Presentation on theme: "Diabetes Mellitus: “Not So Sweet”"— Presentation transcript:
1 Diabetes Mellitus: “Not So Sweet” Prutha Dave, RN, BSNMSN 621 Spring 2009Alverno College
2 Let’s Learn About Type II Diabetes: Home Page Click Below For InstructionsOn Navigating the Tutorial:Tutorial ObjectivesNavigationQuick FactsPatho & GeneticsMini QuizClick Below To Take The Pre-Test:Signs & SymptomsMini QuizPre - TestTests & DiagnosisMini QuizClick Below To Start The Tutorial:Treatment & MedicationsMini QuizTutorialPatient EducationMini QuizImage retrieved with permission from:http://www.fredscorner.nl/animations.html
3 Navigation Click on to go to next slide. Click on to go back to previous slide.Click on to go to the home page.Click on to return back to where you were.Click on to learn more about the topic.Role the mouse over or click underlined words to learn more about them.Click on to take a quick quiz after each section.Mini QuizNote: An incorrect answer page will ONLY allow you to return BACK to the QUESTION.
4 Objectives of this Tutorial After completion of this tutorial the participant will gain a better understanding of Diabetes Mellitus, also known as Type II Diabetes.Also the participant will be able to care for a patient with the disease more effectively.Topics Covered include:Pathology & Causes.Symptoms & Treatment.Labs/Diagnosis & Patient Education.
5 Quick FactsIn type 2 diabetes, either the body does not produce enough insulin or the cells ignore the insulin.There are 23.6 million children and adults in the United States, or 7.8% of the population, who have diabetes.Significant risk factor for coronary heart disease and stroke.Leading cause of blindness and end stage renal disease.Major contributor to lower extremity amputations.Can be successfully managed with the right patient education.Usually affects older adults but becoming common in obese adolescents.Image retrieved with permission from:
6 1. How is Diabetes diagnosed? a. Two separate fasting glucose measurements of 126 mg/dL or higherb. Using symptoms such as polydypsia, polyphagia, and polyuriac. A hemoglobin A1C level of 6.5%
7 Image retrieved from: Prutha Dave`Family Photos Correct! Yay! Great Job!Two measurements are required to ensure reproducibility and thereforedecrease false positives and increase specificity.Image retrieved from: Prutha Dave`Family Photos
8 Image retrieved from: Prutha Dave`Family Photos Oops! Try Again!Click On The Question To Return To It:Question 1Question 2Question 3Question 4Question 5Image retrieved from: Prutha Dave`Family Photos
9 2. A deficiency in which of the following results in hyperglycemia? a. Glucagonb. Insulinc. Ketonesd. Cortisol
10 Correct! Yay! INSULIN helps to LOWER blood glucose concentration by MOVING GLUCOSE into BODY TISSUES for energyImage retrieved with permission from:http://www.fredscorner.nl/animations.html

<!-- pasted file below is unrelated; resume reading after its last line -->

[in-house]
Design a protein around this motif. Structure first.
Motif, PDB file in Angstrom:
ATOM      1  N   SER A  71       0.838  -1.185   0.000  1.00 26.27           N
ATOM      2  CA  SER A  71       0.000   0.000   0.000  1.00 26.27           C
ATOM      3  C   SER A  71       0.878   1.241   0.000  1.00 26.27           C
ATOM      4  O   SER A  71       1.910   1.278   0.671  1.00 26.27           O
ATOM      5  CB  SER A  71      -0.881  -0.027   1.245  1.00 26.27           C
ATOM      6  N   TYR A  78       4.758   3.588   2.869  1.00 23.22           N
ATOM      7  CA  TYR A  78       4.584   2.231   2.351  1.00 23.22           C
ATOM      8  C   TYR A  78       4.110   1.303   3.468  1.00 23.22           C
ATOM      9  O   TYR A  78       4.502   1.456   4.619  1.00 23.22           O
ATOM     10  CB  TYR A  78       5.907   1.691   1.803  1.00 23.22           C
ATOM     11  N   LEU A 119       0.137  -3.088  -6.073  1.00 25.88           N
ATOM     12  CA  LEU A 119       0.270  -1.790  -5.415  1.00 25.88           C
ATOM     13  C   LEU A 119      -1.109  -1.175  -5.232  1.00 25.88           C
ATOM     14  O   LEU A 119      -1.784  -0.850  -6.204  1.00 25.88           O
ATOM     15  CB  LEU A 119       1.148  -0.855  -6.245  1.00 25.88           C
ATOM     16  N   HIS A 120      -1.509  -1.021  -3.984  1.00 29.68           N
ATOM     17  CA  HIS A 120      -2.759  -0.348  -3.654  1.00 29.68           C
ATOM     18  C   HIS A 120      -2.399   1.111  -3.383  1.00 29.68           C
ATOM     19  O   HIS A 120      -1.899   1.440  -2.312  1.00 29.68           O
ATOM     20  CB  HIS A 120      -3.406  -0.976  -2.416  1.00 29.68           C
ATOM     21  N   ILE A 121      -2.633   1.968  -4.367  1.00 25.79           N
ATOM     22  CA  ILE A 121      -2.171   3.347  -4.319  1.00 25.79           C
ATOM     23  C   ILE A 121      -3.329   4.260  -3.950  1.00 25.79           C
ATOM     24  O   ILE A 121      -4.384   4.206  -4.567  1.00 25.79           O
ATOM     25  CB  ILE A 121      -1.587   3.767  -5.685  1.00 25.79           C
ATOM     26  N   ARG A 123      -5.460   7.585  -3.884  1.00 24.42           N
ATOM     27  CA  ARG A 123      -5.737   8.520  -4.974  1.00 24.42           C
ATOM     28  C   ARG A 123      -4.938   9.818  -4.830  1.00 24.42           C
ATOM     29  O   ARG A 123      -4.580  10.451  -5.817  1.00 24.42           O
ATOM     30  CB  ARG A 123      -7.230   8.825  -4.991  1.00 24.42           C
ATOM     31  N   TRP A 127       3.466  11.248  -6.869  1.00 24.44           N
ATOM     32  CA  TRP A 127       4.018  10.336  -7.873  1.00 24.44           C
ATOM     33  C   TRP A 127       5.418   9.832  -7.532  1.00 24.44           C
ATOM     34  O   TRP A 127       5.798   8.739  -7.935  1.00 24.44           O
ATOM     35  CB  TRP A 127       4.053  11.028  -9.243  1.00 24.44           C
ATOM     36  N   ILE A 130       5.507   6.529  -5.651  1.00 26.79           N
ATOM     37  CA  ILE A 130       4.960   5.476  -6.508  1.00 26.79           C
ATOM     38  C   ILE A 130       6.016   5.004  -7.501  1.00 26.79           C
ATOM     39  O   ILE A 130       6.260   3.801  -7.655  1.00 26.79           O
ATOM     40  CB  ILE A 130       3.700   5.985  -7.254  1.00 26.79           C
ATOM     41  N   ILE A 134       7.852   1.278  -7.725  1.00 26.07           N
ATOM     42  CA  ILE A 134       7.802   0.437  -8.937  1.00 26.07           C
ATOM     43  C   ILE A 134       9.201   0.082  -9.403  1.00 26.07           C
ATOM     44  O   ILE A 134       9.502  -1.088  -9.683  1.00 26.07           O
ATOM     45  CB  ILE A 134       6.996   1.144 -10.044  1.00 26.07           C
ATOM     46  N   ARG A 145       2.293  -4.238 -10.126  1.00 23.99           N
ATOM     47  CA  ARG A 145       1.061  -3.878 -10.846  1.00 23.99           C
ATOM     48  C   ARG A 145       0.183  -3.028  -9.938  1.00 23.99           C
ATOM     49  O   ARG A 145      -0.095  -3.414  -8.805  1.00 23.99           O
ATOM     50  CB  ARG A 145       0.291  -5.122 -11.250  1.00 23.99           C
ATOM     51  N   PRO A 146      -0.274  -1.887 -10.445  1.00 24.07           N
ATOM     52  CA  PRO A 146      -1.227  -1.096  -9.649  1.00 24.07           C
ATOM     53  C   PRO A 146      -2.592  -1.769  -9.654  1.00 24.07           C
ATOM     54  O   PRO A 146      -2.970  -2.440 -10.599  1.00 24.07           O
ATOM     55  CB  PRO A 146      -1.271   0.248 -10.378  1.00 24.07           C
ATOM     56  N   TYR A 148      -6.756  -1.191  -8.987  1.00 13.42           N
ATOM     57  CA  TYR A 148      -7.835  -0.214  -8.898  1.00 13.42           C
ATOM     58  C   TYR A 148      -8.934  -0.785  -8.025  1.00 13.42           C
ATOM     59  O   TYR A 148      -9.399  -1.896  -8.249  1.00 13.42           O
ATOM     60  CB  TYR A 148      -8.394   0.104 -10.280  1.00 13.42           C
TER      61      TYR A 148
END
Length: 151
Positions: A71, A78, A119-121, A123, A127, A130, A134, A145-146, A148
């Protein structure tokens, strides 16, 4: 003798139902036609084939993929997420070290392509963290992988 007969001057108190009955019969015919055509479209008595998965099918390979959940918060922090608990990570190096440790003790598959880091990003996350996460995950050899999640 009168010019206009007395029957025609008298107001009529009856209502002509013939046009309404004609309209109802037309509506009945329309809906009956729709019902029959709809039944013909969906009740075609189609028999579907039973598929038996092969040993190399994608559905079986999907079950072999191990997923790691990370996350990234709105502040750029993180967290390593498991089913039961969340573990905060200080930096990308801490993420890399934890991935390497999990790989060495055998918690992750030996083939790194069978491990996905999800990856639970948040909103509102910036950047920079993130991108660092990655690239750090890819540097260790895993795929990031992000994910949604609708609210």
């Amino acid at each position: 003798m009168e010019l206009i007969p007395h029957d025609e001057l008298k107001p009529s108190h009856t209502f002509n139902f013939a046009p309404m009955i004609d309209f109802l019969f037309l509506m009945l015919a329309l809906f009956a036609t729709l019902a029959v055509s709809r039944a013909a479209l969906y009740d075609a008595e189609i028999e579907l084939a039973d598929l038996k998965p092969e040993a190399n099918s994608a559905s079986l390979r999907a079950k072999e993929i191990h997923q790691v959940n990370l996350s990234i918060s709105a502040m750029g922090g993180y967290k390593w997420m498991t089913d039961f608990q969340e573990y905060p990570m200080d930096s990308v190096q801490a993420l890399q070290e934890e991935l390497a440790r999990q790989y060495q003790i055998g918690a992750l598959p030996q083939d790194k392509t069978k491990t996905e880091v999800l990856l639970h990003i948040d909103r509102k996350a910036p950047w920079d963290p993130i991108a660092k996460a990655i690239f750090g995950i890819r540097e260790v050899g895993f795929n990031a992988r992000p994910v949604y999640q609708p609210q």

11 3. What is the Metabolic Syndrome? Seen in patients with very slow metabolismb. Seen in patients who lack growth hormone, insulin, and cortisolc. Seen in patients with the following cluster of abnormalities: obesity, hyperlipidemia, hypertension, and glucose intolerance
12 Image retrieved from: Prutha Dave`Family Photos Correct! Yay!Metabolic syndrome is a combination of abnormalities including high triglycerides, low HDL’s, HTN, and inflammation.Image retrieved from: Prutha Dave`Family Photos
13 4. Which of the following class of oral hypoglycemic medications can cause excessive hypoglycemia? a. Biguanides (Metformin)b. ACE inhibitors (Lisinopril, Captopril)c. Sulfonylureas (Glyburide, Glipizide)d. Statins (Lipitor, Crestor)
14 Image retrieved from: Prutha Dave`Family Photos Correct! Yay!Sulfonylureas increase insulin levels and the rate at which glucose is removed from the blood, it is important to know that they can cause hypoglycemic reactions.Image retrieved from: Prutha Dave`Family Photos
15 5. What are the most common signs of Type II Diabetes? a. Palpitations, restlessness, and diarrheab. Dehydration, hypotension, and fatiguec. Excessive laughter, bad body odor, and hair lossd. Weight gain, blurred vision, and excessive thirst
17 PathophysiologyCan be due to absolute insulin deficiency or insulin resistanceA metabolic disorder which is characterized by disturbances in carbohydrate, lipid, and protein metabolism caused by an imbalance between insulin availability and insulin needResults in an inability to transport glucose into the cells of the body,thus causing a breakdown of fat and muscle protein(Porth, 2005)Image retrieved with permission from:http://professional.diabetes.org/Multimedia_Display.aspx?TYP=8&CID=53310
18 Video: What Happens in Type II Diabetes? Click OnVideo To ViewVideo retrieved from with permission from:
19 InsulinA polypeptide which has a direct effect in lowering blood glucose levelThree actions:Promotes glucose uptake by target cells and provides for storage as glycogenPrevents fat and glycogen breakdownIncreases protein synthesis by inhibiting gluconeogenesis
20 Insulin ProductionMade by the beta cells of the pancreas (islets of Langerhans)Composed of two polypeptide chains: A and BInitially made as a larger molecule: proinsulin and then cleaved to the active form of insulinOther cleavage product is the inactive C-peptide